As for cycling, neuromuscular coordination and fitness come back pretty quickly after taking time off the bike, so living on the indoor trainer just isn’t worth it!
So with the principles of specificity in mind, what kinds of cross-training are beneficial and how can we use it to improve our fitness for the triathlon season to come?
Here are some ideas and guidelines for winter training when you live in a cold, wet, snowy location.
As long as you’re working at aerobic intensity to build your aerobic engine, no matter what type of activity you’re doing, you will gain some benefit. So that could mean subtle changes like shifting from road cycling or trainer riding to fat biking, where the benefits will be a direct carryover because you’re performing the same activity and movement pattern.
Substituting an activity with another of a similar movement pattern will also provide high carryover, such as cycling and skate skiing. Skate skiing is a highly demanding activity, in both cardiovascular and muscular contributions. It may actually be quite challenging as you learn, but once proficient in the technique, can provide the aerobic workout you’re looking for. It’s also a great activity to perform with friends and getting outside in the fresh air and sunshine will boost everyone’s mood and overall health!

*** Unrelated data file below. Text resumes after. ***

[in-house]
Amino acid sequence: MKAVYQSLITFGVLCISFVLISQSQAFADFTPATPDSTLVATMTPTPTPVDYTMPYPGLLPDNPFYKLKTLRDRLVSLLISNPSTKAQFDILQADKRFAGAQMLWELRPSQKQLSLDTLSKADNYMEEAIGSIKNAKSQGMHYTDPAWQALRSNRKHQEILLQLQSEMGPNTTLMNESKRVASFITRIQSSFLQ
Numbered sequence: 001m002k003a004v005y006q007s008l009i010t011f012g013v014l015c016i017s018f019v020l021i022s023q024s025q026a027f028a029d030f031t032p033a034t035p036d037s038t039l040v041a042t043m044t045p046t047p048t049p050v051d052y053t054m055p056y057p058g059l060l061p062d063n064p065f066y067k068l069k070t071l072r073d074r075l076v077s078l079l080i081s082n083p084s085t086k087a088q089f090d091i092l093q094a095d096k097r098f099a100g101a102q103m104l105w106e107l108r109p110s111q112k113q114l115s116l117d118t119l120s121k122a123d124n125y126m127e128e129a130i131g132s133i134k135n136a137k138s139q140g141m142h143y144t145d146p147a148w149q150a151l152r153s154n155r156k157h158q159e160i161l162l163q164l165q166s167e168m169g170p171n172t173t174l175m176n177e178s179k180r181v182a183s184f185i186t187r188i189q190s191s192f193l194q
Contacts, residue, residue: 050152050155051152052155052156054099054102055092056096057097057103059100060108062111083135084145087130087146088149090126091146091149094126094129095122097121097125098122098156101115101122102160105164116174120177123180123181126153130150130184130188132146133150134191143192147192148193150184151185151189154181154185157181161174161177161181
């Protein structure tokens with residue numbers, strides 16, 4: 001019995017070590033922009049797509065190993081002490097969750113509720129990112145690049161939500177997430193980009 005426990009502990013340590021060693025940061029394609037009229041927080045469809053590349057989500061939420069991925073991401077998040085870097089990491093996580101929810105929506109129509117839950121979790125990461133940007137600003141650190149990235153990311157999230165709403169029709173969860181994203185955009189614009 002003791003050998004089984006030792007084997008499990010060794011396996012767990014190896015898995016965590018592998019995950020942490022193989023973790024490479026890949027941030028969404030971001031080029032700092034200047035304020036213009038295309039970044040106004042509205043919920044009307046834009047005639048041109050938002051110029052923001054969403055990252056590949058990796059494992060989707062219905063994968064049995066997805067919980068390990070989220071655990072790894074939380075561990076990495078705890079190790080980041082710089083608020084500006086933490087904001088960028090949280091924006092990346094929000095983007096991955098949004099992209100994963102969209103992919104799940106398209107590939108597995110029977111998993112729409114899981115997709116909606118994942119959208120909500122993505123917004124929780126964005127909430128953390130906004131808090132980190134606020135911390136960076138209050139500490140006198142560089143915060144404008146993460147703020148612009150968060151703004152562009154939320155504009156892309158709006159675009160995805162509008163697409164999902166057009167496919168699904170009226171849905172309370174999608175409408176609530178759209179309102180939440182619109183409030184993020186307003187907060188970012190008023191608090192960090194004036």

When it comes to running outdoors in the winter, there is often a higher risk of injury due to snow and darkness, not to mention the reduced ability to run at the appropriate intensities due to slippery conditions. So rather than risk injury, most people turn to the treadmill. The treadmill is obviously a direct carry-over, however some people find that their gate changes slightly and without sufficient airflow and cooling methods, you can end up in a heart rate zone above normal for the same pace. Plus, it can be boring!
Alternatives to the treadmill include deep water running or the elliptical machine. Or, for a fresh air fix and something you can do with friends, try classic style cross country skiing, uphill hiking (microspikes are helpful for packed snow or generally slippery conditions), snowshoeing, or skinning.
At the end of every article, we remind you to FTFP -Follow the F*ing Plan- which is in part jest and part seriousness. Following the plan is important for getting faster and progressing toward your long term goals, but instead of looking at it as a strict plan, sometimes it can be beneficial to modify a scheduled workout based on weather, temperatures, schedule or recovery needs. All we have to do is shift our mindset as well and maybe we can actually get some enjoyment out of our winter training rather than staying cooped up inside for months on end.
One of the most fun winter experiences I’ve ever had was my first time fat biking with friends. Riding on snow-covered singletrack, slipping and sliding around corners and falling in the soft snow had me laughing more that day than I had in a very long time. At the end of the day, I was cold and wet but my heart felt so full and happy.